Trader: 'Investors Know Central Banks Are Just As Deeply Into These Trades As They Are'

First thing Monday morning, Donald Trump raised the specter of a currency war (apparently a trade war and a shooting war aren’t enough for him – he needs to complete the trifecta) by accusing Russia and China of “playing games”, in a bizarre tweet considering the circumstances surrounding the ruble’s collapse and also considering the Treasury’s decision to avoid naming China a currency manipulator on Friday.

When it comes to the new sanctions on Russia, it looks like Haley might have gotten a little ahead of herself or, more likely, Haley repeated what she had been told and then Trump decided to walk it back. “We are considering additional sanctions on Russia and a decision will be made in the near future,” Sarah Sanders says in a statement Monday morning.

As a reminder, Mnuchin essentially bailed out the ruble last week as the currency legged even lower following Trump’s infamous “missiles” tweet – ol’ Steve said he’s sticking with the plan to not target Russian sovereign debt for the time being.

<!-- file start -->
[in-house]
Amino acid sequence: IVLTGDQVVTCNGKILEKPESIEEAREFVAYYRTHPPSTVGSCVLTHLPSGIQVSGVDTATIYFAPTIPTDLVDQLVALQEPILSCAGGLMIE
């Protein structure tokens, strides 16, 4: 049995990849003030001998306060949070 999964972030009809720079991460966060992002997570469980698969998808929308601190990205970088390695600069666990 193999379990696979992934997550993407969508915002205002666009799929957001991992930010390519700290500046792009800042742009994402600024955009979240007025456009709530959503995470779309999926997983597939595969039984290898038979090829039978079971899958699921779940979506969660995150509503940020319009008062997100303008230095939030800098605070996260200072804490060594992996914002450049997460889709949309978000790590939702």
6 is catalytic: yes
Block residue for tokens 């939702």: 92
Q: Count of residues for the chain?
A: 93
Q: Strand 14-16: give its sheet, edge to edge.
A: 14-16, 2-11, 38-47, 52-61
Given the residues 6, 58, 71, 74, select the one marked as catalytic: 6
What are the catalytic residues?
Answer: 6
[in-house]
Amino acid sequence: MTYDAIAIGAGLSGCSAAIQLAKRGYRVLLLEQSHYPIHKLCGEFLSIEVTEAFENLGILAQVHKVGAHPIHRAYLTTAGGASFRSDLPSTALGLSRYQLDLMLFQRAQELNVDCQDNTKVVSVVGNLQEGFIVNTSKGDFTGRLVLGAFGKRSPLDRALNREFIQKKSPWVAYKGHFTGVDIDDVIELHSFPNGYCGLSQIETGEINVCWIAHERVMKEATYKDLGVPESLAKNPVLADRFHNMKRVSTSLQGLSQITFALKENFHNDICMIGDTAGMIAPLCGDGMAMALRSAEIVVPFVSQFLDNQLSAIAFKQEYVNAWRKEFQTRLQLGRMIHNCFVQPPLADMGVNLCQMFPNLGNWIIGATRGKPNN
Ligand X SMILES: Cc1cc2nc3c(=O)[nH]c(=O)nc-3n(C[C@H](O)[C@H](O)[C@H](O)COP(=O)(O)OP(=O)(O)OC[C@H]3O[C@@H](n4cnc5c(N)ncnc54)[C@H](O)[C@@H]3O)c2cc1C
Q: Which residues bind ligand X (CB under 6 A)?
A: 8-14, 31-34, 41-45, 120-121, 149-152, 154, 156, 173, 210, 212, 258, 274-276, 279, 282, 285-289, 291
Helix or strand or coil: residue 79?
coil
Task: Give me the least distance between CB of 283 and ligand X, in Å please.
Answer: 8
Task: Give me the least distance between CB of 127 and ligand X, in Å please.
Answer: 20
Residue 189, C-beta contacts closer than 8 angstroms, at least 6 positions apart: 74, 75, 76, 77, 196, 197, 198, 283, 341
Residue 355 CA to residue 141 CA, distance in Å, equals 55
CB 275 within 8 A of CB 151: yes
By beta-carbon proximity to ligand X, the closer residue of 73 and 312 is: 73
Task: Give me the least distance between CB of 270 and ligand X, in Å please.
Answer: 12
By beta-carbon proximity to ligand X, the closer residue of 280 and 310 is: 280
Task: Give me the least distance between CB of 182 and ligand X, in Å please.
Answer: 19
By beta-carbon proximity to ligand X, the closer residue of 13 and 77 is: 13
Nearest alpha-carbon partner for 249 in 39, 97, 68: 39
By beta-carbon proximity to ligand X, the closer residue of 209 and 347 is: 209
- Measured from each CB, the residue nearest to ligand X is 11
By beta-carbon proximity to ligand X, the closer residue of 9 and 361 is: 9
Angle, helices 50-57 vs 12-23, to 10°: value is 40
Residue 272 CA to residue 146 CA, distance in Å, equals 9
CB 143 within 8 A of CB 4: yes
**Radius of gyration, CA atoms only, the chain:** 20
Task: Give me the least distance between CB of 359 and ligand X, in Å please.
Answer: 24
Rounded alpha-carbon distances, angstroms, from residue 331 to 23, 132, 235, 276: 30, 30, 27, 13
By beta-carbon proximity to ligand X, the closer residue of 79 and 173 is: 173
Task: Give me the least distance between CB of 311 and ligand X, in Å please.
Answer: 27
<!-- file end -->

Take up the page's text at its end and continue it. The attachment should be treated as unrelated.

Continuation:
USDRUB

“Our sense was that many large international investors refrained from any desperate exodus of Russian bonds last week,” SocGen’s Yury Tulinov and Phoenix Kalen write, in a new note.

Record high foreign ownership (34% of Russia’s ruble debt) will likely mean it stays insulated from sanctions, but the “nuclear option” of targeting OFZs will hang over Moscow’s head as long as tensions with the West are running high.

Yet through it all, markets are relatively calm to start the week, a situation that former trader and current Bloomberg columnist Richard Breslow calls “all too familiar not to be believed.”

After documenting how the world collectively inhaled on Friday as the U.S., the U.K., and France launched coordinated strikes on the Assad regime, Breslow notes that despite an escalation in the rhetoric over the weekend, on Monday morning there was little evidence that investors were harboring “an abundance of caution.”

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Disclosure: None of what I write here is to be construed as advice to buy or sell any kind of asset. It is merely my personal and not my professional opinion. Any asset can go to zero.

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